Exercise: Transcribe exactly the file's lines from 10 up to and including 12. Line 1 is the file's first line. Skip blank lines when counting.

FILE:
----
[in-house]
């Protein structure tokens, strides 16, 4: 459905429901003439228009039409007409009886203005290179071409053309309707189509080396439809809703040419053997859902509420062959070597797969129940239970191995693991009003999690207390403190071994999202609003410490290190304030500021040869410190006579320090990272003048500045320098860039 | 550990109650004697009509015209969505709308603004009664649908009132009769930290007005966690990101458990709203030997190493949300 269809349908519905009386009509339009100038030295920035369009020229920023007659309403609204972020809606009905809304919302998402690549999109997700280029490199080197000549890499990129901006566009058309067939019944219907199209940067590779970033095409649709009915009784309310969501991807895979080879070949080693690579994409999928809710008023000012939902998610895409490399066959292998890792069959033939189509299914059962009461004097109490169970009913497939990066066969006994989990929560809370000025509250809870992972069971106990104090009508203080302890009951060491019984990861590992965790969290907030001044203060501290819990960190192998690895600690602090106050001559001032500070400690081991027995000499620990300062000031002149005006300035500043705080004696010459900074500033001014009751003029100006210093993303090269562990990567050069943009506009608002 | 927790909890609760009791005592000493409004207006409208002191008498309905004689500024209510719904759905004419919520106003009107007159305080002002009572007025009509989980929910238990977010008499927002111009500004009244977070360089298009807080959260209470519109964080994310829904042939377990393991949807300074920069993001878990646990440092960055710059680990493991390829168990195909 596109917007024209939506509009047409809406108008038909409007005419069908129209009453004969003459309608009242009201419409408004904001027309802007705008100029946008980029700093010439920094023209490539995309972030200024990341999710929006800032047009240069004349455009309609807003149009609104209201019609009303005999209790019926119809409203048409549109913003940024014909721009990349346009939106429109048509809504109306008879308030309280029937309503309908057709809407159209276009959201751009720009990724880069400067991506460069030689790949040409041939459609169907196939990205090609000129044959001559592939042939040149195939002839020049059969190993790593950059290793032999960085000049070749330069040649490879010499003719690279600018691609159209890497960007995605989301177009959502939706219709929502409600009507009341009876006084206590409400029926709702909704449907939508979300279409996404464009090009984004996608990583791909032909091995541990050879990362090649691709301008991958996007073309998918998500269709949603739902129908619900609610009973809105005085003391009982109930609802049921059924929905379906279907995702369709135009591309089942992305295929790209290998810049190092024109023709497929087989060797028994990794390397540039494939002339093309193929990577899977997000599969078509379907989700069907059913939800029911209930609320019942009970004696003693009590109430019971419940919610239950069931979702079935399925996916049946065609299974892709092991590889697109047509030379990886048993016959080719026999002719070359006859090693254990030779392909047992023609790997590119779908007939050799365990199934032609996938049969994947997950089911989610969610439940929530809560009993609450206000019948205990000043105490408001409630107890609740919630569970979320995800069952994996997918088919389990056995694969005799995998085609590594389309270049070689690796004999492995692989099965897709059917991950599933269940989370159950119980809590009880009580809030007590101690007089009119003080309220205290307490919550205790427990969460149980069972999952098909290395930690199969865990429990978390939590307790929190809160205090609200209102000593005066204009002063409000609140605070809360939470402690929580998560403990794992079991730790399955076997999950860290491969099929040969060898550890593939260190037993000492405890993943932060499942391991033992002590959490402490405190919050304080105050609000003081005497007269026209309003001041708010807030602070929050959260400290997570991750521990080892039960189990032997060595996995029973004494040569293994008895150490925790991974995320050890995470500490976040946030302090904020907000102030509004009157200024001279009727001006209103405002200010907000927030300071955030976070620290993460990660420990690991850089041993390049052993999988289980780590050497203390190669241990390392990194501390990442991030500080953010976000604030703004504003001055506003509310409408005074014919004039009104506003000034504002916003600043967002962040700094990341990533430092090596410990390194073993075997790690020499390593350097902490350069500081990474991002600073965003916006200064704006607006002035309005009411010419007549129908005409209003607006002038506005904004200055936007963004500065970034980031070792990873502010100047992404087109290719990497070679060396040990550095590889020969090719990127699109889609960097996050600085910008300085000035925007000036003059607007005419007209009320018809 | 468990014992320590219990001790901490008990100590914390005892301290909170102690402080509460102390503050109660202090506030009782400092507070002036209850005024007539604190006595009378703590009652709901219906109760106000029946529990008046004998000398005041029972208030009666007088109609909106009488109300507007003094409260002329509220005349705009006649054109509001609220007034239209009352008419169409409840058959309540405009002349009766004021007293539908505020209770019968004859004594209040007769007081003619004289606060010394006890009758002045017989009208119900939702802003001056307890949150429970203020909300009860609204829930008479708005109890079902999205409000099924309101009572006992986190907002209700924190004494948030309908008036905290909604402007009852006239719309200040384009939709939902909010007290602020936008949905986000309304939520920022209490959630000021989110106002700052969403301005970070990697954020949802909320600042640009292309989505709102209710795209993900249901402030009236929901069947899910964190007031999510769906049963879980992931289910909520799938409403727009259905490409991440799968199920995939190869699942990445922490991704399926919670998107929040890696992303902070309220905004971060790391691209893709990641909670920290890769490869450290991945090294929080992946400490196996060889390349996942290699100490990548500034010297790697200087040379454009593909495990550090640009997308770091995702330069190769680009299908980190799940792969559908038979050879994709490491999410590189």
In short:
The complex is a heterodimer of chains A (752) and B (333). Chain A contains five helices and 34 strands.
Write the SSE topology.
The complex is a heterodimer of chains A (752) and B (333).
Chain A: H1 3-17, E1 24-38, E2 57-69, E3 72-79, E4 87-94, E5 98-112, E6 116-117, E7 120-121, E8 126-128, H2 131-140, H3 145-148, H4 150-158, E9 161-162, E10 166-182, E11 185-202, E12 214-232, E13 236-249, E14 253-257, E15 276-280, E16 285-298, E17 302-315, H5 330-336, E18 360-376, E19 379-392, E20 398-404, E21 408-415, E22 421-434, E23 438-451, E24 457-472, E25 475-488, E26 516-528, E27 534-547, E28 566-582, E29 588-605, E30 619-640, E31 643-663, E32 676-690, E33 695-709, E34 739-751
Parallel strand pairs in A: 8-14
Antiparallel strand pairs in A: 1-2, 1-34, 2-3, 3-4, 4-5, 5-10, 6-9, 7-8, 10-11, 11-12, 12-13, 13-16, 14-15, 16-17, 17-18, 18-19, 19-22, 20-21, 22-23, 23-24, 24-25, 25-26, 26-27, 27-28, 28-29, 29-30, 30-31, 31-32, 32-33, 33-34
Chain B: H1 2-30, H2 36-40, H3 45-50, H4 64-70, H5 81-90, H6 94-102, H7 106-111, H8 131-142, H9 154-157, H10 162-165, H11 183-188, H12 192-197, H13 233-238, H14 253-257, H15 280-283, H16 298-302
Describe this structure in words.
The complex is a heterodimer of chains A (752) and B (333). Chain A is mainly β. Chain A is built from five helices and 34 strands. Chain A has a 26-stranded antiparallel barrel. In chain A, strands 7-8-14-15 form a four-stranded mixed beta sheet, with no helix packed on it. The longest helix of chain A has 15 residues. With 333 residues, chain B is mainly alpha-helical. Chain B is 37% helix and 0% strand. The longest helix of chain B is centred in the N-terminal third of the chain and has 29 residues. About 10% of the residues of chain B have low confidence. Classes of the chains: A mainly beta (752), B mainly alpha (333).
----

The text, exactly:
Chain B: H1 2-30, H2 36-40, H3 45-50, H4 64-70, H5 81-90, H6 94-102, H7 106-111, H8 131-142, H9 154-157, H10 162-165, H11 183-188, H12 192-197, H13 233-238, H14 253-257, H15 280-283, H16 298-302
Describe this structure in words.
The complex is a heterodimer of chains A (752) and B (333). Chain A is mainly β. Chain A is built from five helices and 34 strands. Chain A has a 26-stranded antiparallel barrel. In chain A, strands 7-8-14-15 form a four-stranded mixed beta sheet, with no helix packed on it. The longest helix of chain A has 15 residues. With 333 residues, chain B is mainly alpha-helical. Chain B is 37% helix and 0% strand. The longest helix of chain B is centred in the N-terminal third of the chain and has 29 residues. About 10% of the residues of chain B have low confidence. Classes of the chains: A mainly beta (752), B mainly alpha (333).